in the automobile. The heart of the young inventor beat so hard that he was afraid the man would hear it, and Tom crouched down in the bushes to keep out of sight. The man evidently did not suspect the presence of a stranger, for, though he cast sharp glances into the tangled undergrowth that fringed the house like a hedge, he did not seek to investigate further. He walked slowly on, making a circuit of the grounds. Tom remained hidden for several minutes, and was about to proceed again, when the man reappeared. Then Tom saw the reason for it.

"He's on guard!" the lad said to himself. "He's doing sentry duty. I can't approach the house when he's there."

For an instant Tom felt a bitter disappointment. He had hoped to be able to carry out his plan as he had mapped it. Now he would have to make a change.

"I'll have to wait until night," he thought. "Then I can sneak up and look in. The guard won't see me after dark. But it's going to be no fun to stay here, without anything to eat. Still, I've got to do it."

He remained where he was in the bushes. Several times, before the sun set, the man doing sentry duty made the circuit of the house, and Tom noted that occasionally he was gone for a long period. He reasoned that the man had gone into the mansion to confer with his confederates.

"If I only knew what was going on in there," thought Tom. "Maybe, after all, the men haven't got the model and papers here. Yet, if they haven't, why are they staying in the old house? I must get a look in and see what's going on. Lucky there are no shades to the windows. I wish it would get dark."

It seemed that the sun would never go down and give place to dusk, but finally Tom, crouching in his hiding place, saw the shadows grow longer and longer, and finally the twilight of the woods gave place to a density that was hard to penetrate. Tom waited some time to see if the guard kept up the circuit, but with the approach of night the man seemed to have gone into the house. Tom saw a light gleam out from the lonely mansion. It came from a window on the ground floor.

"There's my chance!" exclaimed the lad, and, crawling from his hiding place, he advanced cautiously toward it.

Tom went forward only a few feet at a time, pausing almost every other step to listen. He heard no sounds, and was reassured. Nearer and nearer he came to the old house. The gleam of the light fell upon his face, and fearful that some one might be looking from the window, he shifted his course, so as to come up from one side. Slowly, very slowly he advanced, until he was right under the window. Then he found that it was too high up to admit of his looking in. He felt about until he had a stone to stand on.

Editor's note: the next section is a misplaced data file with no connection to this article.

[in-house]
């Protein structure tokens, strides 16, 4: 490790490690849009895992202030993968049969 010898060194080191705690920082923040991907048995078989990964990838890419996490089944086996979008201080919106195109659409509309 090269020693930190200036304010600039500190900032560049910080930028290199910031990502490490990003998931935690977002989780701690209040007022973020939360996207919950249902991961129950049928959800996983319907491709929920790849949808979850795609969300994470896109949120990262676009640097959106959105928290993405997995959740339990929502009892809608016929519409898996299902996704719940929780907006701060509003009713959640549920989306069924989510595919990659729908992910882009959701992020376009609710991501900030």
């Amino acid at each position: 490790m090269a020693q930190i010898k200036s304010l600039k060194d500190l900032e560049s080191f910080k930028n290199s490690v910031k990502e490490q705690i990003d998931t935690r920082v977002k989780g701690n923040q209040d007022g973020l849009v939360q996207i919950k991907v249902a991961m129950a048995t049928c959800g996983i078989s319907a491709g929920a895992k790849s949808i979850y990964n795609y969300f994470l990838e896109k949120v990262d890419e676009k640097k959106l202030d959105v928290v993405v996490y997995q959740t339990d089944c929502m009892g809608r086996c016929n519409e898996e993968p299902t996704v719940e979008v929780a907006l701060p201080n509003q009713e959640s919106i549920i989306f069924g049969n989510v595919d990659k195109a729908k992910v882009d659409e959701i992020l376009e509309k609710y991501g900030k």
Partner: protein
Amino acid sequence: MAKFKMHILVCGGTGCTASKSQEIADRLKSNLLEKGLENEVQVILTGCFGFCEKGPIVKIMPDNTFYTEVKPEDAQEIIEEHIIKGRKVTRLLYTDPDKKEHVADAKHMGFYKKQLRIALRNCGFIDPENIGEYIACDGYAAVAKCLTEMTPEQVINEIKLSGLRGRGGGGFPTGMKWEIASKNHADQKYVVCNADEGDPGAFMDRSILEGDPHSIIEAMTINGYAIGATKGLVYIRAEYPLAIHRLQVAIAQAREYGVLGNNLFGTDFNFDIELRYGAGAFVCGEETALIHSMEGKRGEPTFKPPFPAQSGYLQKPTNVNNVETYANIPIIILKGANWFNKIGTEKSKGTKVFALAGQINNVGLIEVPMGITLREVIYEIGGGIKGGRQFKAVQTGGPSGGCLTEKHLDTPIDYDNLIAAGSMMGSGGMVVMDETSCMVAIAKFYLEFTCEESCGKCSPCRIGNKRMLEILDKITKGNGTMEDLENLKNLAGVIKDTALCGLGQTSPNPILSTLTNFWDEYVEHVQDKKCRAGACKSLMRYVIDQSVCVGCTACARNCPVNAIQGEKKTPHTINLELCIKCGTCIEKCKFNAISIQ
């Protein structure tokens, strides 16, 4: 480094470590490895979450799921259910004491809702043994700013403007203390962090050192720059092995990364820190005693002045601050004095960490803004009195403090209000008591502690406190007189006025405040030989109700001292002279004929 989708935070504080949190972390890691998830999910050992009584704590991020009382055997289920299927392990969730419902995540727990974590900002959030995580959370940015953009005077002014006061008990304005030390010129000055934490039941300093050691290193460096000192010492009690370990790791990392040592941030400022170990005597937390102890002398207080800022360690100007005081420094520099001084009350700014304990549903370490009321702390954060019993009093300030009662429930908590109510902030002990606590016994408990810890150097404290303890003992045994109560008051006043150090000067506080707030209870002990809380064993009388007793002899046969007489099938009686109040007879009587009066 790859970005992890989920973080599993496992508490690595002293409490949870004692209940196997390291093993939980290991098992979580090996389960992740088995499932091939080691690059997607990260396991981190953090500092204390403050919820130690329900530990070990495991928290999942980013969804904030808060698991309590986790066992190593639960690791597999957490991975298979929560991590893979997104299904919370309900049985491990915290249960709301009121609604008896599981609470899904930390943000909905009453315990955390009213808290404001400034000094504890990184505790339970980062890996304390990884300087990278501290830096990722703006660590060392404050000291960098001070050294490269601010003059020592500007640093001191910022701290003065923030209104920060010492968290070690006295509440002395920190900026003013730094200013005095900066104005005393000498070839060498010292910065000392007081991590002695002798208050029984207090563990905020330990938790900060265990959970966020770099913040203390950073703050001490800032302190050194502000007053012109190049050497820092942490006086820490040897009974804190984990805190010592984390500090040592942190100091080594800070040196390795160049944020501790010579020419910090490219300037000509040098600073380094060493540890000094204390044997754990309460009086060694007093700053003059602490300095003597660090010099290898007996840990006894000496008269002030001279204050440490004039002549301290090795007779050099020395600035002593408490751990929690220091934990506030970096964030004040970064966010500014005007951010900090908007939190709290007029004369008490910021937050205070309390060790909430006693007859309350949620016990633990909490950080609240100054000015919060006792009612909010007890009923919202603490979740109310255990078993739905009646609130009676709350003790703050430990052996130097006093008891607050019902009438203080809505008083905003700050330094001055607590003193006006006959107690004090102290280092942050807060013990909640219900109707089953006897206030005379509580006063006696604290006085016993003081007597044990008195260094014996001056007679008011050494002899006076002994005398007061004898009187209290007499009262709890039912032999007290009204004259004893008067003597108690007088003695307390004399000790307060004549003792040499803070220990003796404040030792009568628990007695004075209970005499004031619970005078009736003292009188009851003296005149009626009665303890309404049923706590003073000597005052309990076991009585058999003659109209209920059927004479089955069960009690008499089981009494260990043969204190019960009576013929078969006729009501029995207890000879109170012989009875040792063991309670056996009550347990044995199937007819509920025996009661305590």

Softly he drew himself up inch by inch. He could hear the murmur of voices in the room. Now the top of his head was on a level with the sill. A few more inches and his eyes could take in the room and the occupants. He was scarcely breathing. Up, up he raised himself until he could look into the apartment, and the sight which met his eyes nearly caused him to lose his hold and topple backward. For grouped around a table in a big room were the three men whom he had seen in the automobile. But what attracted his attention more than the sight of the men was an object on the table. It was the stolen model! The men were inspecting it, and operating it, as he could see. One of the trio had a bundle of papers in his hand, and Tom was sure they were the ones stolen from him. But there could be no doubt about the model of the turbine motor. There it was in plain sight. He had tracked the thieves to their hiding place.

Then, as he watched, Tom saw one of the men produce from under the table a box, into which the model was placed. The papers were next put in, and a cover was nailed on. Then the men appeared to consult among themselves.

By their gestures Tom concluded that they were debating where to hide the box. One man pointed toward the lake, and another toward the forest. Tom was edging himself up farther, in order to see better, and, if possible, catch their words, when his foot slipped, and he made a slight noise. Instantly the men turned toward the window, but Tom had stooped down out of sight, just in time.

A moment later, however, he heard some one approaching through the woods behind him, and a voice called out:

"What are you doing? Get away from there!"

Rapid footsteps sounded, and Tom, in a panic, turned and fled, with an unknown pursuer after him.